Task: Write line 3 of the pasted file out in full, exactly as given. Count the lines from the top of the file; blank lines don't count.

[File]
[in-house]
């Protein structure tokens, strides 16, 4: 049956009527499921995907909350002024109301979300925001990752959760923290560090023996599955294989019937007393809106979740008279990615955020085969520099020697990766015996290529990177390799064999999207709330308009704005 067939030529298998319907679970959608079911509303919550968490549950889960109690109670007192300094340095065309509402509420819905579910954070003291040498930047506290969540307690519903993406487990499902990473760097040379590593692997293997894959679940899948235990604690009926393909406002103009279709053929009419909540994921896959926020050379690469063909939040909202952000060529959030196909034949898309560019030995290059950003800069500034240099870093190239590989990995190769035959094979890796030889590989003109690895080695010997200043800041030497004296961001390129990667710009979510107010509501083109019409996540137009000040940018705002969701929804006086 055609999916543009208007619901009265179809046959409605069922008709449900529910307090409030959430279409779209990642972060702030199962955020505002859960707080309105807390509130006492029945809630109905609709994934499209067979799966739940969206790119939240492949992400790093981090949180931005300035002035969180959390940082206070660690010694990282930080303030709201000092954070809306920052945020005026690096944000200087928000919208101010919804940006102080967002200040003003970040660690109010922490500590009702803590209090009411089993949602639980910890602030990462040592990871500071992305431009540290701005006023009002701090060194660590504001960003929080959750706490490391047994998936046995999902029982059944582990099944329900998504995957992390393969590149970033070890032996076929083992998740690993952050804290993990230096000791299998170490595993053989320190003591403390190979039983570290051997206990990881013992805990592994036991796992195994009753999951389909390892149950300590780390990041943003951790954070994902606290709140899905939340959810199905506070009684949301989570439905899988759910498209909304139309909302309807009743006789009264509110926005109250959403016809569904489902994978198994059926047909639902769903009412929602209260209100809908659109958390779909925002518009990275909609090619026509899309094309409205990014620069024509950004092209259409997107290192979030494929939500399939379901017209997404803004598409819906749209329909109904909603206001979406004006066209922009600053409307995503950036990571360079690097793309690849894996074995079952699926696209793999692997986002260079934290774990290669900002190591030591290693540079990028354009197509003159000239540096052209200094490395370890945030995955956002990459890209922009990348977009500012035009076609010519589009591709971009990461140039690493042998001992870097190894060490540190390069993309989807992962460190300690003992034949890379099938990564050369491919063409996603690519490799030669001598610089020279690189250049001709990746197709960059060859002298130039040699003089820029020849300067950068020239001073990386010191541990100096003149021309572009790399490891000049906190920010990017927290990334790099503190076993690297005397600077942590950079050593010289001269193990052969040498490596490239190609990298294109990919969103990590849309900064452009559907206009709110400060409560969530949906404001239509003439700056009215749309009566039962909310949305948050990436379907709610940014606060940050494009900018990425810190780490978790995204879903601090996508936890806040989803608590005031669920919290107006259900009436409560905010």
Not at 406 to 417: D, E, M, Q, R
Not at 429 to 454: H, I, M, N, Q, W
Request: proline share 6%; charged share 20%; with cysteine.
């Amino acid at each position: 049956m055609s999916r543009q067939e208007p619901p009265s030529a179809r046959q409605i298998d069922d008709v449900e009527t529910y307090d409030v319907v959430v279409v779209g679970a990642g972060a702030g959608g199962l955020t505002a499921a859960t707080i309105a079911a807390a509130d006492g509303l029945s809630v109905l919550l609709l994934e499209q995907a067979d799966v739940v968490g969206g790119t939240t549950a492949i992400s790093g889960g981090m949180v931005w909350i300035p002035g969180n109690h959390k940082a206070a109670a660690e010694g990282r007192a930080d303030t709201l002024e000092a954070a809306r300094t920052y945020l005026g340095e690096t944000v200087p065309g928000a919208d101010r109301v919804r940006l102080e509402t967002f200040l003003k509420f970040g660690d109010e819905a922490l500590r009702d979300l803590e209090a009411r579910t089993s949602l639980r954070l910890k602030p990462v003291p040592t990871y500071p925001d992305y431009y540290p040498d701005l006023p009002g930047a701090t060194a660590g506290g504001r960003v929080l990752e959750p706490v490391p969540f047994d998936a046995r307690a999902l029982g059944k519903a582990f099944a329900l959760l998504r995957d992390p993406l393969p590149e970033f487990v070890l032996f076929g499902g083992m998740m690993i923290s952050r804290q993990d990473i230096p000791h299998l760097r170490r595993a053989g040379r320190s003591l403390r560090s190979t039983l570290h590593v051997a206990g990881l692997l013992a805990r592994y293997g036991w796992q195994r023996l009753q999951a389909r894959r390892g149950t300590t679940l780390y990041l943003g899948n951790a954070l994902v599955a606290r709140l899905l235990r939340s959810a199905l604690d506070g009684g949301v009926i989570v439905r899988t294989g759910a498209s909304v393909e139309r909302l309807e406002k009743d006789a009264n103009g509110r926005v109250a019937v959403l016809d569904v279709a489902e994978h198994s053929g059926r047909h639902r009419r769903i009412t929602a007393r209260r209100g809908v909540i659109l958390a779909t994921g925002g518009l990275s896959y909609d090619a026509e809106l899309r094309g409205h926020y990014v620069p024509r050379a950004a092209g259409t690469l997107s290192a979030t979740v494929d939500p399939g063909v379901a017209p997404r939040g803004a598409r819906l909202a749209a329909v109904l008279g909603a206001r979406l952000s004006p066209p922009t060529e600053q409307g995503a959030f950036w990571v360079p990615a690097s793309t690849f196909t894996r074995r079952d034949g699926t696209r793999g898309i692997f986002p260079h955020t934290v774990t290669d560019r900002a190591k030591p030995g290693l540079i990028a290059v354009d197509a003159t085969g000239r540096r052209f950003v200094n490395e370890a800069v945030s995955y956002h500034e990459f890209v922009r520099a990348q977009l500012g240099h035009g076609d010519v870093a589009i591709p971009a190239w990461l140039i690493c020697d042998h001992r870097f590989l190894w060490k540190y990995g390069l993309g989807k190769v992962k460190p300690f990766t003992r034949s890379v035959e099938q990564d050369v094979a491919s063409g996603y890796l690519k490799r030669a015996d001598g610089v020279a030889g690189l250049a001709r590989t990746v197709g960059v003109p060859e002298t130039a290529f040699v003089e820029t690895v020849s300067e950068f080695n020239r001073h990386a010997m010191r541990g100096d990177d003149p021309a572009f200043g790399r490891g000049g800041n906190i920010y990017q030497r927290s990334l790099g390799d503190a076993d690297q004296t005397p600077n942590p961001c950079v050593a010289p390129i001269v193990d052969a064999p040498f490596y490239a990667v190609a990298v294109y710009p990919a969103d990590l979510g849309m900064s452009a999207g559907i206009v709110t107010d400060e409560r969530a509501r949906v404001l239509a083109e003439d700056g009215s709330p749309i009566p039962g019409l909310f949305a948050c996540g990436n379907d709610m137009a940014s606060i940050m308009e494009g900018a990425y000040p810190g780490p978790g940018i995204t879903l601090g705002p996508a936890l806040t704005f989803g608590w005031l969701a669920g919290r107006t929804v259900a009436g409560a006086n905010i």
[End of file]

Not at 406 to 417: D, E, M, Q, R